After more than 240 years of honorably serving the country, the U.S. Army is getting its own museum. Sited on a hilltop at Fort Belvoir in northern Virginia, the National Museum of the U.S. Army occupies more than 80 acres of grounds and features 185,000 square feet of exhibition and support space. The museum initially opened on Veterans Day in November 2020; however, it temporary closed its doors on Dec. 14, 2020 due to the worsening COVID-19 pandemic. It recently reopened to the public on June 14.

The 8,600 square foot lobby of the National Museum of the U.S. Army welcomes guests into the building. Illuminated, glass panels overhead represent each of the Army’s 190 campaigns and corresponding streamers. At the southern end of the space, an engraved installation wall commemorates each of the U.S. Army’s battles and a 21-foot Army emblem is inlaid into the center of the Lobby’s terrazzo flooring. The lobby is one of the spaces that features a REHAU radiant heating and cooling system below the flooring to keep guests comfortable during their visit. Photo courtesy of Duane Lempke/The National Museum of the U.S. Army 

Museum visitors enter through a spacious lobby with a 35-foot ceiling that features representations of the Army’s history. An engraved Honor Wall at the southern end of the lobby commemorates each of the battles fought in the Army’s history. The lobby leads to a vast, open exhibit hall — “Essentially, an airport hangar,” says Jason Calcagno,project manager during the museum’s construction for Southland Industries, the design-build company that served as the mechanical engineer for the project.

Temperature control for the exhibit hall and the lobby is provided, in part, by a REHAU radiant heating and cooling system. Calcagno explains that this technology is ideal for this application, because the environment is controlled near the ground for visitor comfort, while energy is conserved by reducing the heating and cooling requirement in the air space higher up. 

The M3 Bradley Fighting Vehicle was in the 2003 charge from Kuwait to Baghdad, where the vehicle and its team were essential to gaining control of several key positions including Baghdad International Airport before the advance into the city. In the museum, buried underneath the vehicle with concrete is REHAU INSULPEX pre-insulated PEXa piping used for radiant heating and cooling. Installing this piping was a challenge due to the weight of several of the exhibits, including the 25-ton Bradley Fighting vehicle. The installation not only required extra-heavy concrete slabs, but the vehicle is tethered to the concrete, which risked puncturing or otherwise damaging the RAUPEX O2 barrier piping. Photo courtesy of Duane Lempke/The National Museum of the U.S. Army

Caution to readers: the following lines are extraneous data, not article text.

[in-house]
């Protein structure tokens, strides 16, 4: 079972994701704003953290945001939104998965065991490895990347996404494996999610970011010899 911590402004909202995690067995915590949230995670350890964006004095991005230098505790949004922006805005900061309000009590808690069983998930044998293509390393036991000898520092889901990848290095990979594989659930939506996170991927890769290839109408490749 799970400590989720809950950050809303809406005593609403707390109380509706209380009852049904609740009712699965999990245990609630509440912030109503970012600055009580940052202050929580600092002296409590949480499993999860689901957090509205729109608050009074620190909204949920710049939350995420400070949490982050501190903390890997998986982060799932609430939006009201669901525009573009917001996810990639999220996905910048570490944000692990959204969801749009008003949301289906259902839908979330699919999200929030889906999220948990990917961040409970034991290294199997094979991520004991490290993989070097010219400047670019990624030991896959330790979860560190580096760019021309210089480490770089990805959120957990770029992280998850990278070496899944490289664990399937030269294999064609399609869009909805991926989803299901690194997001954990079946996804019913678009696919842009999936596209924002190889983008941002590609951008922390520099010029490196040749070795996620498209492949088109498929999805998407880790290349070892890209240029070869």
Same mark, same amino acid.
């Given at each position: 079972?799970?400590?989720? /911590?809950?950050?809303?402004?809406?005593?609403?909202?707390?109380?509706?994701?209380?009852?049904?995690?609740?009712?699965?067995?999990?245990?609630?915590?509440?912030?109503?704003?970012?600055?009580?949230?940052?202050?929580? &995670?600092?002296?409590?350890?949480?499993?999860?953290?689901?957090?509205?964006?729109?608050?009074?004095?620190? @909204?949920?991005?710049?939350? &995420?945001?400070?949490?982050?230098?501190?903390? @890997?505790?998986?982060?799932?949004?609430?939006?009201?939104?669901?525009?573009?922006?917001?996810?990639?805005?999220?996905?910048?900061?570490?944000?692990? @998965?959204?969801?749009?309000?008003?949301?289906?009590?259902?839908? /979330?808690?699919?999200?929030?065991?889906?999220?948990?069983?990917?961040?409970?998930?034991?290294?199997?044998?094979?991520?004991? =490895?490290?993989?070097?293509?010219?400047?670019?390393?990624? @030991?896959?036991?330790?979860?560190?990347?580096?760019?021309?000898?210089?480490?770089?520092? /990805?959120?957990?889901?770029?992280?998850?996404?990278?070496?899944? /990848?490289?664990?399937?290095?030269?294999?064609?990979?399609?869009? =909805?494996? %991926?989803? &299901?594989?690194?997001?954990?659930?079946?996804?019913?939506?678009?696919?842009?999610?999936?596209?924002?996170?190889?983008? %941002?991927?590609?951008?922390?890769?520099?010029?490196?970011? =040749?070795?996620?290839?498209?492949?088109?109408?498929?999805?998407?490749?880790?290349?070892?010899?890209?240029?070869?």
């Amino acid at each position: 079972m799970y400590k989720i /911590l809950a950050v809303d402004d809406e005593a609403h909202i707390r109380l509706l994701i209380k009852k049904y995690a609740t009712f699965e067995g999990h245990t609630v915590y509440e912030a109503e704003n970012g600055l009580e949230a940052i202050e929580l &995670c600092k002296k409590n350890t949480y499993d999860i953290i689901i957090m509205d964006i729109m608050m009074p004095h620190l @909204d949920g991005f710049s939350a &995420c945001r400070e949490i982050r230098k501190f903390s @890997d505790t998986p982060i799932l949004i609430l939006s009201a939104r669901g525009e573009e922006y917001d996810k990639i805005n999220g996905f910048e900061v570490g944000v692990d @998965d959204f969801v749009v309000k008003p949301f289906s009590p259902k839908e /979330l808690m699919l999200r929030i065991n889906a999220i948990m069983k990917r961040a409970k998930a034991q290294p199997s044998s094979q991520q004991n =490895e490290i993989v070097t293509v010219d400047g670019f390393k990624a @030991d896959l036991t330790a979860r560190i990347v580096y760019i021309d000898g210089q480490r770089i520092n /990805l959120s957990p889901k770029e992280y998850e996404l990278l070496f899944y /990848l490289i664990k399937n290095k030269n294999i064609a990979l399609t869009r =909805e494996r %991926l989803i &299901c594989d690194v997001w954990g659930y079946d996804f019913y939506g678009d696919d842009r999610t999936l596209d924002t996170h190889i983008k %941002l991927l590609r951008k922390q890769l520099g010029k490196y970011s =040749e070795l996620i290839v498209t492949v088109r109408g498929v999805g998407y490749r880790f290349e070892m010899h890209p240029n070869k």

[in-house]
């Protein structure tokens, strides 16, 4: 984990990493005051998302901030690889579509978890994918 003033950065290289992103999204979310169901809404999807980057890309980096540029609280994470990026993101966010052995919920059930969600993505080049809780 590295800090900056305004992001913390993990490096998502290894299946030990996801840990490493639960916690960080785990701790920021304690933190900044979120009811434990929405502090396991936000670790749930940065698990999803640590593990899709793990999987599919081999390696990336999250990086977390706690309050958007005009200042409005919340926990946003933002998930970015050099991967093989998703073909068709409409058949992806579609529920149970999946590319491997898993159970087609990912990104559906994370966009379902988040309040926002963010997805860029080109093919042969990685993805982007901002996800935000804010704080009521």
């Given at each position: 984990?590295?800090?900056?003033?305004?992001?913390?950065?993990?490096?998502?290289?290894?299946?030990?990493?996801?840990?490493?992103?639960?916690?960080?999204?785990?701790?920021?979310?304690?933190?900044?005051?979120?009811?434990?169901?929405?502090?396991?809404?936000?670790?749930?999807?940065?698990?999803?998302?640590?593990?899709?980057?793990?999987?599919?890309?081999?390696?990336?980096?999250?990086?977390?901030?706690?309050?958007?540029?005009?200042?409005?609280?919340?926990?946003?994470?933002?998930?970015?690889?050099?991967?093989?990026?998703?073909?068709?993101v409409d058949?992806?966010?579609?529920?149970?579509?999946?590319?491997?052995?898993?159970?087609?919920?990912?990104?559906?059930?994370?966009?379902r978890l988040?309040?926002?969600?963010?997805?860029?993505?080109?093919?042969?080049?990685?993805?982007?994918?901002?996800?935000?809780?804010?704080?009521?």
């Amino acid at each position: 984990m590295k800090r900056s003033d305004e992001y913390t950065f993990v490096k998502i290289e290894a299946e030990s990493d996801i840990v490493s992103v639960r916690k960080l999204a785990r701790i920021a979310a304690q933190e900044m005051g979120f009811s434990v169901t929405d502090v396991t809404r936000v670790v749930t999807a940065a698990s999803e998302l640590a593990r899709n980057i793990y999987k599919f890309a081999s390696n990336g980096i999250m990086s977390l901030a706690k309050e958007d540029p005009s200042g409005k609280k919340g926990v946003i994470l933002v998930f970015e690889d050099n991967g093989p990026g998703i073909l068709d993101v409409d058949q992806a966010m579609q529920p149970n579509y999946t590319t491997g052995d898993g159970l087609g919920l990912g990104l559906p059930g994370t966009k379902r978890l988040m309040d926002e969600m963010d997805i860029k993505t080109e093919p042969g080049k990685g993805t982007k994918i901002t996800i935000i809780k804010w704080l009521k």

A dedicated outdoor air system (DOAS) provides ventilation and humidity control. Combining radiant and DOAS for space conditioning significantly reduces the amount of HVAC energy, which in REHAU’s experience has been as much as 35% when compared to a standard forced-air system. The DOAS/radiant system should lower operating costs for the Foundation. 

The REHAU hydronic radiant system incorporates 108,000 feet of 5/8-inch RAUPEX O2 barrier pipe spaced 6-inches on center. The 288 circuits of pipe are connected to 24 PRO-BALANCE manifolds that regulate flow and slab temperature. 

The Higgins assault boat, shown in this exhibit, is known officially as a Landing Craft, Vehicle, Personnel (LCVP) and landed more Allied troops on beaches in Europe and the Pacific than all other types of landing craft combined. Valuable historic exhibits such as the Higgins assault boat is one example of why the switch to REHAU INSULPEX pre-insulated PEXa piping was made. Unlike alternative options, including sending temperature-controlled water through piping installed overhead, the REHAU INSULPEX installation keeps energy distribution piping safely beneath the exhibits. Photo courtesy of Duane Lempke/The National Museum of the U.S. Army